In my Year in Reading post, I mentioned that I began to use my notebooks as a commonplace book. That decision changed many things for me: it improved my reading, it clarified my thinking, and it ingrained my notebooks deeper into my life.

That last one is something I’ve been working toward since I first learned about Leonardo da Vinci in the 5th grade. Leonardo da Vinci was a magnificent son of a bitch, someone who opened my tiny little child mind to a wider world of possibility. At that age, my entire identity revolved around my skills as an artist. I could draw really well, and when I saw photos of da Vinci’s notebooks, I realized that I needed to keep notebooks, too, because I wanted to be just like him. If da Vinci sketched in a notebook, I wanted to sketch in a notebook, too.

Leondardo da Vinci, Public domain, via Wikimedia Commons

As I grew older, and as the darkness of the world began to overwhelm me, I stopped drawing and I started writing. Writing helped me combat these demons, and when I became quite good at that, my entire identity changed and revolved around writing. I wrote a lot during high school, and that helped me get into a good university where I would continue to write. At this state of my life, I considered myself a writer, an affixation that has stuck with me ever since.

During college and throughout most of my twenties, I used the classic pocket notebooks from Moleskine. Each pocket notebook took me a few years to finish but finish them I did. During the second half of my twenties, I became a minimalist, and so many of my thoughts during that time were focused on simplicity. I wanted to simplify everything, and that included my notebooks. I learned about these popular memo books from Field Notes, and those felt perfect for me, so I used those to write in up until my mid-thirties. I loved my Field Notes notebooks. They were small, they fit in my back pocket, and they didn’t take very long to finish.

But they weren’t quite right. That idea of emulating da Vinci had never left me, and I feel like it’s time I do something about it. If 2022 was the year of the commonplace book, I want 2023 to be the year of the sketchbook.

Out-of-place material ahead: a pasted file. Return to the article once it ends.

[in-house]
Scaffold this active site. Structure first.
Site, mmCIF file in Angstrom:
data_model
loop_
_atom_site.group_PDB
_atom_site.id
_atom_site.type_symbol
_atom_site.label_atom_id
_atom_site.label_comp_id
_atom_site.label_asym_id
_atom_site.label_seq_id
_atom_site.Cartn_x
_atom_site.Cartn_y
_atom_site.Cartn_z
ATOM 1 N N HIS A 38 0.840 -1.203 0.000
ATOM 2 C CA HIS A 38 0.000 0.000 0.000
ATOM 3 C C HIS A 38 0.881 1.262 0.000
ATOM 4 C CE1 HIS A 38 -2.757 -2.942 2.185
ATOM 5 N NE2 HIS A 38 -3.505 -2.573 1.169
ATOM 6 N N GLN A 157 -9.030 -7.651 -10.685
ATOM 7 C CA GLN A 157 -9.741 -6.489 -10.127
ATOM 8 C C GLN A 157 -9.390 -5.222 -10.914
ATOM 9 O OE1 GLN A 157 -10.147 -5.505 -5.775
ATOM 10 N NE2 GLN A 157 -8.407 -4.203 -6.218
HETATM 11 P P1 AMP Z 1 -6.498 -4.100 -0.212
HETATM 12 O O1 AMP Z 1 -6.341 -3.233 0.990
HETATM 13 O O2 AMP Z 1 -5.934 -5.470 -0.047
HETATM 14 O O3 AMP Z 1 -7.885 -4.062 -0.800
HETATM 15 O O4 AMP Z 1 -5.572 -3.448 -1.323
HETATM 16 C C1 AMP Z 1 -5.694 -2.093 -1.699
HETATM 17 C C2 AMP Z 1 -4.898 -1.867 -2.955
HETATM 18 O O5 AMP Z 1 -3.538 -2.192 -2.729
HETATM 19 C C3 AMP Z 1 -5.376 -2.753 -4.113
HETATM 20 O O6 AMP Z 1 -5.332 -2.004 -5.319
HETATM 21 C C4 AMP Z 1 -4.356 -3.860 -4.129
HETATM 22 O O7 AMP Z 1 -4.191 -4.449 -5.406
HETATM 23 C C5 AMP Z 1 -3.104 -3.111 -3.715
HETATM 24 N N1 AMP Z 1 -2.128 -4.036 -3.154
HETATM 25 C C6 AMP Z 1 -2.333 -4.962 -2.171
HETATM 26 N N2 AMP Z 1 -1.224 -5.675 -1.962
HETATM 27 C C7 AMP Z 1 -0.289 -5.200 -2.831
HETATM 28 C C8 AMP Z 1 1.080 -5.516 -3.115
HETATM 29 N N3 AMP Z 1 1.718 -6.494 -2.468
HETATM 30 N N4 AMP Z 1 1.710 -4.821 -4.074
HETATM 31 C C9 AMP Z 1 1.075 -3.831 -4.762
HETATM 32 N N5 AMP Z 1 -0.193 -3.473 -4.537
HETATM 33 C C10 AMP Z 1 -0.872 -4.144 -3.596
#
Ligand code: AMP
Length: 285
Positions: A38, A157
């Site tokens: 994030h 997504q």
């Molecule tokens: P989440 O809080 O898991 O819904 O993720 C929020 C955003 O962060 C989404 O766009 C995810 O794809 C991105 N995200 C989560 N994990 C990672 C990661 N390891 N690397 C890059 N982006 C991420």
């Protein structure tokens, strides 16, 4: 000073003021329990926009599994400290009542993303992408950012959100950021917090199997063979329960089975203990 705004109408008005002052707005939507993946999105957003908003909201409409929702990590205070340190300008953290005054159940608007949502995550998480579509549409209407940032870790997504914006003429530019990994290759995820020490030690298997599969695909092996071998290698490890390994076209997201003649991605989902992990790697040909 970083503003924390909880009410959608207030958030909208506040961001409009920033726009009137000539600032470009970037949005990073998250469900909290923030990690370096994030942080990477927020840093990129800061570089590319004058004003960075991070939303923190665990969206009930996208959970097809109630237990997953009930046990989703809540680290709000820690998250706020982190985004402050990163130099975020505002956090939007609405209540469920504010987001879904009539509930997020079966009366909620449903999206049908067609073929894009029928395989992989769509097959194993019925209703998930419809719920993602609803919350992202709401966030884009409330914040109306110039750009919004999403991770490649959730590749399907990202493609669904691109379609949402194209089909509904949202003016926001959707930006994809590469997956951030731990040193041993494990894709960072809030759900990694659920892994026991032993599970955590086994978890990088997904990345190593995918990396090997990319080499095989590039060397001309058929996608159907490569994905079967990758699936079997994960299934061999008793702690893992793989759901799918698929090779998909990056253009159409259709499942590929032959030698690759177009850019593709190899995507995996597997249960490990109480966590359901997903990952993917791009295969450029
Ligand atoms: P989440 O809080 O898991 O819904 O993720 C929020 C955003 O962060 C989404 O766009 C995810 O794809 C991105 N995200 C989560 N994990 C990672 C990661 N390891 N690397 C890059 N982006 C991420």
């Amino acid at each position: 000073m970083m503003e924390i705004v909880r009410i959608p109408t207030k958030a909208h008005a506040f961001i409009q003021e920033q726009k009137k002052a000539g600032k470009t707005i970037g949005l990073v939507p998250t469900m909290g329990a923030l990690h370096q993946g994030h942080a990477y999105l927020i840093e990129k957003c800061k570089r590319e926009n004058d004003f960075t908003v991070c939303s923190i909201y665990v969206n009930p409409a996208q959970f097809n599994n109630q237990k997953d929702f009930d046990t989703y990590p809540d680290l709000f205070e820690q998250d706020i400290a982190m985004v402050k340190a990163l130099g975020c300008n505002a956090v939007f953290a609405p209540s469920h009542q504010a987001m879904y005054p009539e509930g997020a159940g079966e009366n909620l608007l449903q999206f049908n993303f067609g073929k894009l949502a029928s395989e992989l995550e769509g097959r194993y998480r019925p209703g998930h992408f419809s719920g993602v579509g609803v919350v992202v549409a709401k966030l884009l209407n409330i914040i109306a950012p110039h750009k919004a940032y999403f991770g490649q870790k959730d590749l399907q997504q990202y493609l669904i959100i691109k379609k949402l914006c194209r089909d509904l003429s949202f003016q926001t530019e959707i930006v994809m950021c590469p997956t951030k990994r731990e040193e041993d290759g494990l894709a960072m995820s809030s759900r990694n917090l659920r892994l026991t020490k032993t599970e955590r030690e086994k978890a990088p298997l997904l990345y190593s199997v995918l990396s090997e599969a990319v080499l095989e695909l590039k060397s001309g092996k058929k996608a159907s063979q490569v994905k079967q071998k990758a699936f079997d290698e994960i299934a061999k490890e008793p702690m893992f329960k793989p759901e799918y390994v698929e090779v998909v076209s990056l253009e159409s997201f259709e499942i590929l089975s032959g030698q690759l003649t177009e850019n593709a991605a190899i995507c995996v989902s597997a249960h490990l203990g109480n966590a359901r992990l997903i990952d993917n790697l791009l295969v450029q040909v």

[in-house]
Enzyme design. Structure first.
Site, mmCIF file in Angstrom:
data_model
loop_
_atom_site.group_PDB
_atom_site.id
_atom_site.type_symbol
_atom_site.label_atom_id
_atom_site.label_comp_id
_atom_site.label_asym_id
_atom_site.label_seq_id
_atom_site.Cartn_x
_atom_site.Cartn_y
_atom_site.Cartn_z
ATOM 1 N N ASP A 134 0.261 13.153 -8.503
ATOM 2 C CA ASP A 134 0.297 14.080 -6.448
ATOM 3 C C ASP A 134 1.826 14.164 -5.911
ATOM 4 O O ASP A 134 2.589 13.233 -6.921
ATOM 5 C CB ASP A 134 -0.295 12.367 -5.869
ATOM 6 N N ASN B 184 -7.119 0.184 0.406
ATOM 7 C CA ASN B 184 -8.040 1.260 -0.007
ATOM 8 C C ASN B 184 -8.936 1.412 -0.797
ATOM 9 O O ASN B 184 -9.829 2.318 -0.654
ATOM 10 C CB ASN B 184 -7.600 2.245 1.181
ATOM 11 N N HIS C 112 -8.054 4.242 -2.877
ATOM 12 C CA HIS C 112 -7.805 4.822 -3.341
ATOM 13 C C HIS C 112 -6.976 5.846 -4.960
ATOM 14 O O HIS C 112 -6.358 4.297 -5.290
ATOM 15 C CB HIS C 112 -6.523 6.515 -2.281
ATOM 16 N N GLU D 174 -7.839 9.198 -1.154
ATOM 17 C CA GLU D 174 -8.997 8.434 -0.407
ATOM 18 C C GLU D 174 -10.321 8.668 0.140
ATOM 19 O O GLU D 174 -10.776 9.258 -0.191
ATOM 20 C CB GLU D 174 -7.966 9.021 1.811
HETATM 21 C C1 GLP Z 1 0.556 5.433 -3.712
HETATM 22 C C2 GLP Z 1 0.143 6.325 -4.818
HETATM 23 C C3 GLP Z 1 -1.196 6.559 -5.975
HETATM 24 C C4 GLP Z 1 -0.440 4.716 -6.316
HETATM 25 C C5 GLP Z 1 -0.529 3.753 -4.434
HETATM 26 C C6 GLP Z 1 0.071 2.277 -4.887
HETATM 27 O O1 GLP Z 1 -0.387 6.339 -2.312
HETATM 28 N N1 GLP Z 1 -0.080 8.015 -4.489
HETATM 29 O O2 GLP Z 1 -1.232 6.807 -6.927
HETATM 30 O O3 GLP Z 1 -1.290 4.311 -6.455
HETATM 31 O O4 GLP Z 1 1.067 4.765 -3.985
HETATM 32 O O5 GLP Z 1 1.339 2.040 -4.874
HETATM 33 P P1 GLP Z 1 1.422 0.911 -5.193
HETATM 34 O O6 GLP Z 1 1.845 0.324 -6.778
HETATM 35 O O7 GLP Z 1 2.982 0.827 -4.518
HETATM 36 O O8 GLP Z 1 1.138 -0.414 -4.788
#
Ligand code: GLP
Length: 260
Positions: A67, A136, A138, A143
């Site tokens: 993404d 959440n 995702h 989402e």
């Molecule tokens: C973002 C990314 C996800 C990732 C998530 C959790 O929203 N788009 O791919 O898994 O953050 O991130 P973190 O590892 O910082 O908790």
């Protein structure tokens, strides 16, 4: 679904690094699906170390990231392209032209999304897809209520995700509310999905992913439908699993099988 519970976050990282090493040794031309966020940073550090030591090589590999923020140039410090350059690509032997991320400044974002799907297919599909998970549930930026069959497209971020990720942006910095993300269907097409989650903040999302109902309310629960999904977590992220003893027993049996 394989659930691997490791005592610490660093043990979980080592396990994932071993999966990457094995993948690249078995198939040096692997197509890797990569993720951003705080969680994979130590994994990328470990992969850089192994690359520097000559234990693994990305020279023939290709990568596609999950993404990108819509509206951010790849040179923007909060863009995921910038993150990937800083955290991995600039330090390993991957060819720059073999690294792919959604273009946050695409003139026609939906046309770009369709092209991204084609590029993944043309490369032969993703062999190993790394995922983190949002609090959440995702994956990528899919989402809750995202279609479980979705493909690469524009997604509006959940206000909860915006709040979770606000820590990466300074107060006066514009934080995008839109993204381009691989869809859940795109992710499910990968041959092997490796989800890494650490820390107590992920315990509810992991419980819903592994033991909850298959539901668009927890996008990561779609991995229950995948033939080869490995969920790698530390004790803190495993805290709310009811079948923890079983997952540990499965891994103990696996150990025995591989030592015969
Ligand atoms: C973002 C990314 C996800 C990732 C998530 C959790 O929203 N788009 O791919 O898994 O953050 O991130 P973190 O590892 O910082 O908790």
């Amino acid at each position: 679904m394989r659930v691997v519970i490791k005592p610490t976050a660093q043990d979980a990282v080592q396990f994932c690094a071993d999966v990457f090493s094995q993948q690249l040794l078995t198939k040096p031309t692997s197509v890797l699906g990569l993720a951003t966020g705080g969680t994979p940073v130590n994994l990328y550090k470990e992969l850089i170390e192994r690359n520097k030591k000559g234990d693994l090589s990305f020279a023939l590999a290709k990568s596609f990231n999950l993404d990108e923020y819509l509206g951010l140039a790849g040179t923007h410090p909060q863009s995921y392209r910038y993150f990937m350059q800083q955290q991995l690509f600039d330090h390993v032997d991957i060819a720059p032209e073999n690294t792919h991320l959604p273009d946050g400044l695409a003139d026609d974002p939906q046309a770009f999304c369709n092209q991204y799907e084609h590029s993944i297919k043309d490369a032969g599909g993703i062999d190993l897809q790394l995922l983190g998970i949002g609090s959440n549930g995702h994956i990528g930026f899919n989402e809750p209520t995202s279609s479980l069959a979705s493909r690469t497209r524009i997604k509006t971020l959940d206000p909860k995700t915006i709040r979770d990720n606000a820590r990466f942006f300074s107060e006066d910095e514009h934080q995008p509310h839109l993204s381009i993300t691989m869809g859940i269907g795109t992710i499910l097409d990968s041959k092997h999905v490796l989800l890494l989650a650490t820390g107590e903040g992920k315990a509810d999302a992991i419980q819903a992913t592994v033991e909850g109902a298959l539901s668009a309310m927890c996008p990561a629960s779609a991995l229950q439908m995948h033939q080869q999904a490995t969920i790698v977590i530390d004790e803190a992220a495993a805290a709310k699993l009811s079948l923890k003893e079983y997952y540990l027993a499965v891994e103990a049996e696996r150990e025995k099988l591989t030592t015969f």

Sure, but what does that mean?

I’m glad you asked! Because I have collected some images of notebooks I like. When I was playing through The Last of Us Part II back in 2020, I wrote that Ellie’s notebook pages were beautiful, a sentiment I still hold. Look at them:

Source: The Last of Us Wiki

The sketches, the notes, the beautyoh, be still my heart. One of my behaviors I want to change is this idea of being “perfect.” I made progress on this front last year, but I’m not quite where I want to be because I still feel hesitation when I even think about picking up my pencil to sketch in my notebook. But look at Ellie’s pages again. Look at her draw guidelines to draw her faces, her multiple attempts to draw eyes, her attempts to understand how a horse looks in various angles—this is what I do when I journal. I explore, I analyze, I cross out and try again.

In short, I sketch, but in words… so why not sketch in pictures, too? (lol)

Or look at Nathan Drake’s journal from another Naughty Dog game, Uncharted:

Source: Uncharted Wiki

Look how messy they are: plants are taped to the pages and dying, a photo is stapled to the page, pages from books are cut out, taped, and written over. They’re so messy… and yet, I find these spreads so beautiful. There’s a soul to them I feel my notebooks are missing. My notebooks are filled with pages and pages of my bad handwriting, bad handwriting that has helped me in so many ways, sure, but… I want more.

I want to sketch; I want to figure out how to draw the same face from multiple angles; I want to sketch buildings and landscapes and animals and whatever else; I want to mess up and cross things out and be okay with that; I want to tape scraps of whatever onto the page and be okay with that, too.

In short, I want to do more than just write in my notebooks. I want to be more like Leonardo or Ellie or Nathan or that little shit in 5th grade who first learned about Leonardo da Vinci and wanted to be just like him. I want to be messy and curious and happy to simply be alive, and I want to express all of that in my notebooks, these little books of joy.

That’s what I want to do this year. That’s what I want to attempt to do this year, this year I’m calling the “Year of the Sketchbook.”

I hope I can make that little shit proud…

Page 1 of 13